Escaping violence, finding treatment for trauma
by Donna Ferguson, Psychologist with the WSIB Psychological Trauma Program
Canada is a safe haven for so many refugees fleeing violence or persecution in their home countries, but these victims of trauma often cannot escape the nightmares and haunting memories they bring with them.
Whether they have escaped civil conflict or genocide, these clients who have been traumatized can often be embarrassed because it is not something discussed in their culture. For example, in the Caribbean, the stigma and shame connected with mental illness means people feel they are not allowed to complain, not allowed to seek help because coming forward means shame on you and shame on your family.
The reality is when you don’t have support – either social or familial support – and you leave post traumatic stress disorder (PTSD) untreated, it can lead to other mental health problems or addiction issues.
The added challenge for many refugees or new immigrants who have experienced trauma is the language barrier.
If you can’t speak English, it’s difficult to ask for what you need.
Who do you ask? Where do you go for treatment?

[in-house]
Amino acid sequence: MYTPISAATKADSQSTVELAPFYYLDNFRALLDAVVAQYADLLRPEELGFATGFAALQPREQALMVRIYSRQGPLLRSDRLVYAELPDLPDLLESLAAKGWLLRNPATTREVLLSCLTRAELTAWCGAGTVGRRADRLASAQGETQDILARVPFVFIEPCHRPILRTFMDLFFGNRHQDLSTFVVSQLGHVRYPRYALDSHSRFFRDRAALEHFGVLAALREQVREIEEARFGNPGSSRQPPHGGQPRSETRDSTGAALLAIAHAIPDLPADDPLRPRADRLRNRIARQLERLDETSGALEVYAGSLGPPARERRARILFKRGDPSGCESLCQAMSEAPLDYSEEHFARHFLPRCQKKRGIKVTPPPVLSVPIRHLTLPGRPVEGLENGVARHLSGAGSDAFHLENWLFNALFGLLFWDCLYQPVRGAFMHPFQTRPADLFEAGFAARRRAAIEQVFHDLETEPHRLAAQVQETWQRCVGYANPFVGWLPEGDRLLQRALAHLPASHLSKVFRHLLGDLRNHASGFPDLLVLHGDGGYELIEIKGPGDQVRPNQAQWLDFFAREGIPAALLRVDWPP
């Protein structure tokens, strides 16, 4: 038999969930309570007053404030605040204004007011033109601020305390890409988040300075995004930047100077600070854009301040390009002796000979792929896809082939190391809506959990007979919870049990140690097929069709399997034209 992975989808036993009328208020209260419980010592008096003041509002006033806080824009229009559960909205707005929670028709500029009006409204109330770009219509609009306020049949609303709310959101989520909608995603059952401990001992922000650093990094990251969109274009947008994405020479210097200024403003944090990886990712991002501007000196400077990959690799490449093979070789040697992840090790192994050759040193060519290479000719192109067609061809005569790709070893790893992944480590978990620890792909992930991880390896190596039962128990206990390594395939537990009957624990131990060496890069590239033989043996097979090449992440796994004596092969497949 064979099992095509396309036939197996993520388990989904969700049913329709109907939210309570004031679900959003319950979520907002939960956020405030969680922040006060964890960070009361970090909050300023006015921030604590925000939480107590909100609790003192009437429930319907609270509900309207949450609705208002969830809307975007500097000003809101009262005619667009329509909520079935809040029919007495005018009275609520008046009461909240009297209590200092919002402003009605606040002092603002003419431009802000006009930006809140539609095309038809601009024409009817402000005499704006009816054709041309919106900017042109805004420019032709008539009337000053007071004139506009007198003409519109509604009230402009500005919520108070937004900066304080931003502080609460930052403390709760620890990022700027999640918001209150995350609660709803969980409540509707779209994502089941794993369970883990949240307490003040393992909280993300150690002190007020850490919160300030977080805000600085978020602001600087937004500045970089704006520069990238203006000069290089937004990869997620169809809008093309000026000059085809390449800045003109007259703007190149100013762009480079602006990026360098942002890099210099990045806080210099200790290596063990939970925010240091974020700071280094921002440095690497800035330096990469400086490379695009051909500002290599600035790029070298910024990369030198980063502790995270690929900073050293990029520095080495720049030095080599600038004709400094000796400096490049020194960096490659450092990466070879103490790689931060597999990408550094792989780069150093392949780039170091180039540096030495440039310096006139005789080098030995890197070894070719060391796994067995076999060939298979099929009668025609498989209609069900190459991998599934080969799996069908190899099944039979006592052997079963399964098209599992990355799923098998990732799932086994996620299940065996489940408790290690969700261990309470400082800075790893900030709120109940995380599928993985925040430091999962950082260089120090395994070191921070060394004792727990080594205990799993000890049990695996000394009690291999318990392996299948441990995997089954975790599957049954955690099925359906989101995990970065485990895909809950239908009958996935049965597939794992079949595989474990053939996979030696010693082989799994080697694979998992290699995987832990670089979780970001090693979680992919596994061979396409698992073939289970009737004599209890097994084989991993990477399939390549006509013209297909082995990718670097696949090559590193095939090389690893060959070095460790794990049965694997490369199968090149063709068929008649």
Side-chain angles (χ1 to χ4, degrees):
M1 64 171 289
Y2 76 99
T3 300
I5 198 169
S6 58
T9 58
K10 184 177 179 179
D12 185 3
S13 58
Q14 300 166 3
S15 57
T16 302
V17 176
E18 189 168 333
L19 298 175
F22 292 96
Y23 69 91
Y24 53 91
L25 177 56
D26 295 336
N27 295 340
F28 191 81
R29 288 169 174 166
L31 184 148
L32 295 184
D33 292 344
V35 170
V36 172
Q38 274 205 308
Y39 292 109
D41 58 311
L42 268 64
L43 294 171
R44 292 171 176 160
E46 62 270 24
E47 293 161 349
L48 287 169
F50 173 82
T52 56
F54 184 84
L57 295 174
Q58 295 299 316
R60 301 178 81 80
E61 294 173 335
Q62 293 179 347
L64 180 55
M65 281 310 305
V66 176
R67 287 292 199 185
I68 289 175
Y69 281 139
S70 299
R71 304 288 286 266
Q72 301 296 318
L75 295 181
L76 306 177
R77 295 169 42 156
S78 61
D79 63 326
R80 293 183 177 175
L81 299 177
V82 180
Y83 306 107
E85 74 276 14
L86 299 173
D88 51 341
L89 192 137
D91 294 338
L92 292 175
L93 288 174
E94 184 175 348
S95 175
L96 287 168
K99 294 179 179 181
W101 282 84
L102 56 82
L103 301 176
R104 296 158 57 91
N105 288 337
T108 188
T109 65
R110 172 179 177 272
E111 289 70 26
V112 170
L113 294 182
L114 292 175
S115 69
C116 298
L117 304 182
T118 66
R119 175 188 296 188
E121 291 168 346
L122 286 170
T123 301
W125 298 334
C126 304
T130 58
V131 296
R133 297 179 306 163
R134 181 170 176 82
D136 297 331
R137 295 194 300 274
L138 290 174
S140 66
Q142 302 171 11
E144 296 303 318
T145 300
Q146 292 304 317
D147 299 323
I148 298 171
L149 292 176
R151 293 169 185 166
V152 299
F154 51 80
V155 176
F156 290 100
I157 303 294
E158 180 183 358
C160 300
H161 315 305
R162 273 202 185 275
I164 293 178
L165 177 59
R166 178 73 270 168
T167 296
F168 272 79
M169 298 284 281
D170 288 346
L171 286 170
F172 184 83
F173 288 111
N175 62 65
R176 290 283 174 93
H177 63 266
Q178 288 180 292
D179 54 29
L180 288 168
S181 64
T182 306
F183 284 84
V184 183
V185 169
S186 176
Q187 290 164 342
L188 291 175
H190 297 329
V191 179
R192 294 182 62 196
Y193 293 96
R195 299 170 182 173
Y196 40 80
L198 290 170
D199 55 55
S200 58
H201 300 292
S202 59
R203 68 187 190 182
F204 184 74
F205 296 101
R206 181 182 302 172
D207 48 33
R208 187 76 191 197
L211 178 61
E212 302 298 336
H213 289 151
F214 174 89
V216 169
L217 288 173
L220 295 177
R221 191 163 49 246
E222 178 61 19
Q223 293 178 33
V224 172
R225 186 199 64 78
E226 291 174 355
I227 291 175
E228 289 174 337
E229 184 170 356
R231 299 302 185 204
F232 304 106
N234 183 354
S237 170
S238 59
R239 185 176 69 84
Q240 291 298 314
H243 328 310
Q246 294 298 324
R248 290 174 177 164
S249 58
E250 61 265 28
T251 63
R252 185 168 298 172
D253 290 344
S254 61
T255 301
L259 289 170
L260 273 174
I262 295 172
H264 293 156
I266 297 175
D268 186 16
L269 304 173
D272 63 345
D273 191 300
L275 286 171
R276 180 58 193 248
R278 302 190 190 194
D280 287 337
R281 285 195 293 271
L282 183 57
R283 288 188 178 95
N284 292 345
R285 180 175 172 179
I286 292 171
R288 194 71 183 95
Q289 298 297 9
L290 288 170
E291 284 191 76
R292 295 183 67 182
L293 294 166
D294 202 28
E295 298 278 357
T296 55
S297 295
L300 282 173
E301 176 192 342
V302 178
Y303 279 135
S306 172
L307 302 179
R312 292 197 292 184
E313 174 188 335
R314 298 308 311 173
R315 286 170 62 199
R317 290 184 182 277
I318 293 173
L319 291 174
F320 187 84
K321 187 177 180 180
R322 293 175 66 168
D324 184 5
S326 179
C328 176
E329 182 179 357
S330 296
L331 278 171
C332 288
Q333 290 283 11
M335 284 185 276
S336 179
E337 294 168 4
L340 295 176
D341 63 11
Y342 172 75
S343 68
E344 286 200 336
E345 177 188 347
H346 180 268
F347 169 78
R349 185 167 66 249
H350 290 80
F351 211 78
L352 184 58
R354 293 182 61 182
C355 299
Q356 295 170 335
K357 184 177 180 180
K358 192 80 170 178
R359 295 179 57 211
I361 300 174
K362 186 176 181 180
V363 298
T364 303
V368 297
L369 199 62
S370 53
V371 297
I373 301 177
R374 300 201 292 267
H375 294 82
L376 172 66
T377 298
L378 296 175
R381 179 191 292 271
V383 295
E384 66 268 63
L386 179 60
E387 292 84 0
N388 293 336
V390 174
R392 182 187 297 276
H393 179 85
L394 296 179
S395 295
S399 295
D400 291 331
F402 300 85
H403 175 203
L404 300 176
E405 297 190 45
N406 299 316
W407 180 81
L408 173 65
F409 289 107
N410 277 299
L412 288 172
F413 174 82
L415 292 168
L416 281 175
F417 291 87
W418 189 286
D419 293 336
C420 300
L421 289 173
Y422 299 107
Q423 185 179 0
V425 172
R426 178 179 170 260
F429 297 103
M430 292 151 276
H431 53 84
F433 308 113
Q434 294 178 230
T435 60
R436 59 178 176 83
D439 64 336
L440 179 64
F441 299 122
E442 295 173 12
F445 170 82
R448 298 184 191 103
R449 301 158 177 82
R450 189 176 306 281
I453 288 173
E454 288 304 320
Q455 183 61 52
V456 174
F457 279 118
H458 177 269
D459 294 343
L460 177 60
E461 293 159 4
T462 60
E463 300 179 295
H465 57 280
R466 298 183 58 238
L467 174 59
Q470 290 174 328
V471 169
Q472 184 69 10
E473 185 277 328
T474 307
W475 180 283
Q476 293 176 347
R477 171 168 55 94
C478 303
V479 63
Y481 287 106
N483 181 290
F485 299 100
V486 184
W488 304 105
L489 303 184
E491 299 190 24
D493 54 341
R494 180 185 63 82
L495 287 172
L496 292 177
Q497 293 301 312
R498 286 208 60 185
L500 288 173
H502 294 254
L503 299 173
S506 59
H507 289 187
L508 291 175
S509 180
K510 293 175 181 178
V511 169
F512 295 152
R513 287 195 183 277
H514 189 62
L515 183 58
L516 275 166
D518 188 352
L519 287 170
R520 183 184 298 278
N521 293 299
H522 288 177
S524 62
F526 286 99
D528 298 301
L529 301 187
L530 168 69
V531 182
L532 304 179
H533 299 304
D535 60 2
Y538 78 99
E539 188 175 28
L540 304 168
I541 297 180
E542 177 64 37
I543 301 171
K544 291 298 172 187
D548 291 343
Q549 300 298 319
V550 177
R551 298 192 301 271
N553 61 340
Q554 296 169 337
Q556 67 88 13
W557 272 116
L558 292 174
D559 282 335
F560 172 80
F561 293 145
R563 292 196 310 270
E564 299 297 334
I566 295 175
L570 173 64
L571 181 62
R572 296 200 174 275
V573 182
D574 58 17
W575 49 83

So that is why CAMH works with translators, social workers and other support staff who can provide translation services and also be culturally sensitive in working with these clients to make them comfortable with assessment and open to treatment.
Language and cultural assistance are key to breaking through the shame to reach the person in need to help. At CAMH, there is an initiative to ensure trauma-informed care is inter-professional and woven into the work of psychologists, social workers, nurses and occupational and recreational therapists.
Many of our clients who come from war-torn countries arrive in Canada with PTSD.
Their journey to escape violence to come here for a better life often means they push aside the memories of seeing their sister raped or their father killed.
And when they arrive in Canada, they want to start fresh. But while they have escaped the violence, they cannot run away from the trauma which lives inside their heads.
So when we are looking at cultural differences, we need to take into consideration that people have their own pace of moving through the illness and there are layers of shame, painful memories and thoughts of suicide to work through.
As most of the treatment involves talk therapy, we closely monitor how clients react when asked questions and how comfortable they are talking about their trauma – whether it’s through cognitive behaviour therapy or cognitive processing therapy.
It’s through talking openly that we hope to eventually break down the barriers to treatment for those in need and help them work through the pain of PTSD.
Photo: by hdptcar, creative commons license